Roasted cocoa is one of the most aromatic foods, having a rather complex chemical constitution. Nearly 400 volatile compounds have been identified to date, including pyrazines, thiazoles, oxazoles, pyrrol derivatives, pyridines, and furans (Ziegleder and Biehl 1988; Bonvehí 2005). It is still very difficult to assess which compounds are really important and which are not. Key flavor compounds have been identified in milk and dark chocolates (Cerny and Grosch 1994; Cerny and Fay 1995; Schnermann and Schieberle 1997; Counet et al. 2002, 2004; Taylor 2002; Taylor and Roberts 2004; Reineccius 2006). Cocoa-and chocolate-specific flavor compounds have been detected in dark but not in milk chocolates (Counet et  al. 2002; Afoakwa et  al. 2008). Cocoa and chocolate flavor development is influenced by the genetic constitution of the seed (Theobroma cacao), postharvest processing (fermentation and drying), and manufacturing (Kirchhoff et al. 1989a; Clapperton 1994; Beckett 2003; Whitefield 2005; Afoakwa et  al. 2008; Lima et al. 2011; Rodriguez-Campos et al. 2011, 2012; Owusu et  al. 2012; Saltini et  al. 2013). Characteristic cocoa and chocolate flavor notes are generated during the roasting process by Maillard or by nonenzymatic browning reactions that involve the reactions of free amino groups of amino acids or peptides and reducing sugars (Schnermann and Schieberle 1997). e typical cocoa flavor is formed during roasting of fermented but not of unfermented cocoa beans (Rohan 1964; Voigt and Biehl 1995). erefore, essential flavor precursors are generated during the fermentation process (Figure 5.1). During fermentation, sugars in the pulp are transformed to acetic and lactic acid by environmental microorganisms, causing acidification of the cocoa beans (Ostovar and Keeney 1973). is acidification, but not the presence of microorganisms, is required for the formation of the cocoa-specific flavor precursors as revealed by bean incubations under aseptic conditions (Biehl et al. 1985). erefore, raw cocoa quality is strongly dependent on the degree and time course of acidification of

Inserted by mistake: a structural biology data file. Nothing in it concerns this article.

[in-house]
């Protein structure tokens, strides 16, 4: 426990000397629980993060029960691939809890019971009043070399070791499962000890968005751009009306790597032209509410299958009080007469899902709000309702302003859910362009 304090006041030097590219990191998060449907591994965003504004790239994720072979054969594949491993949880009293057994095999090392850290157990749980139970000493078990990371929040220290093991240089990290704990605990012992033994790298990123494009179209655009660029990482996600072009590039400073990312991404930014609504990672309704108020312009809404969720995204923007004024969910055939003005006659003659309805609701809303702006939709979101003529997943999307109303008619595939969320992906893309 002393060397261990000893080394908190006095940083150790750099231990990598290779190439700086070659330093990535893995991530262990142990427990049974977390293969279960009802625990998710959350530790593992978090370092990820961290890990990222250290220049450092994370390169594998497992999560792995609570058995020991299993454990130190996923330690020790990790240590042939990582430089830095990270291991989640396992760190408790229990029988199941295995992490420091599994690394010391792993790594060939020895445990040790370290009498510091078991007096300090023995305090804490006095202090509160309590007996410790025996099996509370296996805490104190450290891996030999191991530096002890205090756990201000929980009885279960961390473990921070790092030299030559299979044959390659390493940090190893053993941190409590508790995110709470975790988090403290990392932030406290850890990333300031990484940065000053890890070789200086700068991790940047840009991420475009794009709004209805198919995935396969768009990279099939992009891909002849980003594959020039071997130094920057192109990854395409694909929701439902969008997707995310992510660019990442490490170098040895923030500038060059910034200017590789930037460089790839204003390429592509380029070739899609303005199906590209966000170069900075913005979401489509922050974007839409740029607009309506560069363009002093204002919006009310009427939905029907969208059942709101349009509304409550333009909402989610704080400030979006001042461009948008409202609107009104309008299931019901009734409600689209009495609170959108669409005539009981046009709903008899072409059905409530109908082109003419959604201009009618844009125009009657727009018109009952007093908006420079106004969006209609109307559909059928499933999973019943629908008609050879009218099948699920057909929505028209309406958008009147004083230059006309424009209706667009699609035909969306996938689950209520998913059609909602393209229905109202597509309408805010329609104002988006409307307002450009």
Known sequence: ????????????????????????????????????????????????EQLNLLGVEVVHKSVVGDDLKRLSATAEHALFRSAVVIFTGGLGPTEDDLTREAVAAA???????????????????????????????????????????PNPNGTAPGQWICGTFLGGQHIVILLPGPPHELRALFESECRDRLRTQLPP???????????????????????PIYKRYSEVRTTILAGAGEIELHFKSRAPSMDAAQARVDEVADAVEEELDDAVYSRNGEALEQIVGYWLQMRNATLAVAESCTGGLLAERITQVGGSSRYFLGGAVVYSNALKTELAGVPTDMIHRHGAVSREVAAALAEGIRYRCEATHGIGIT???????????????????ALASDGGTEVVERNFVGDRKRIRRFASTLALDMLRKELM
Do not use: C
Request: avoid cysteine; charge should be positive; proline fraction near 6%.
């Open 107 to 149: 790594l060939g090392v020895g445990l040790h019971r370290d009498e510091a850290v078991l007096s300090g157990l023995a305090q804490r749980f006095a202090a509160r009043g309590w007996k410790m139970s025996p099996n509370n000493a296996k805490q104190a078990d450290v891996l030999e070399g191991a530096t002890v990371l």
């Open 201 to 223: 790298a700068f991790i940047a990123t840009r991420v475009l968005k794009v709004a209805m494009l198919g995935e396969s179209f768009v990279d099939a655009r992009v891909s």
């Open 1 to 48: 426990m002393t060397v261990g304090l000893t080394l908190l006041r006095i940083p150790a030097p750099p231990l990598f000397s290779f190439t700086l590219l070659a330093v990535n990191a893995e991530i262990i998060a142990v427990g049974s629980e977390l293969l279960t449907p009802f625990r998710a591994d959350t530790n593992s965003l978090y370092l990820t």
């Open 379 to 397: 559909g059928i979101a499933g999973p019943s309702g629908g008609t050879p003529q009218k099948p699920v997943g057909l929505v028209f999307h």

5.5.2 Typical Flavor Components of Fine Cocoa and Chocolate 214

5.5.3 Future Prospects 214 References 216

the cotyledons during the fermentation process, as well on the duration of the fermentation process and the final pH (Voigt and Biehl 1995; Schwan and Wheals 2004; Afoakwa et al. 2008, 2011). Flavor potential is considerably reduced by overfermentation (Figure 5.1). Under these conditions, aerophilic bacteria metabolize amino acids and peptides, causing a steep increase of nib pH, liberation of volatile fatty acids, and the development of ham-like odor (Lopez and Quesnel 1973; Ziegleder and Biehl 1988).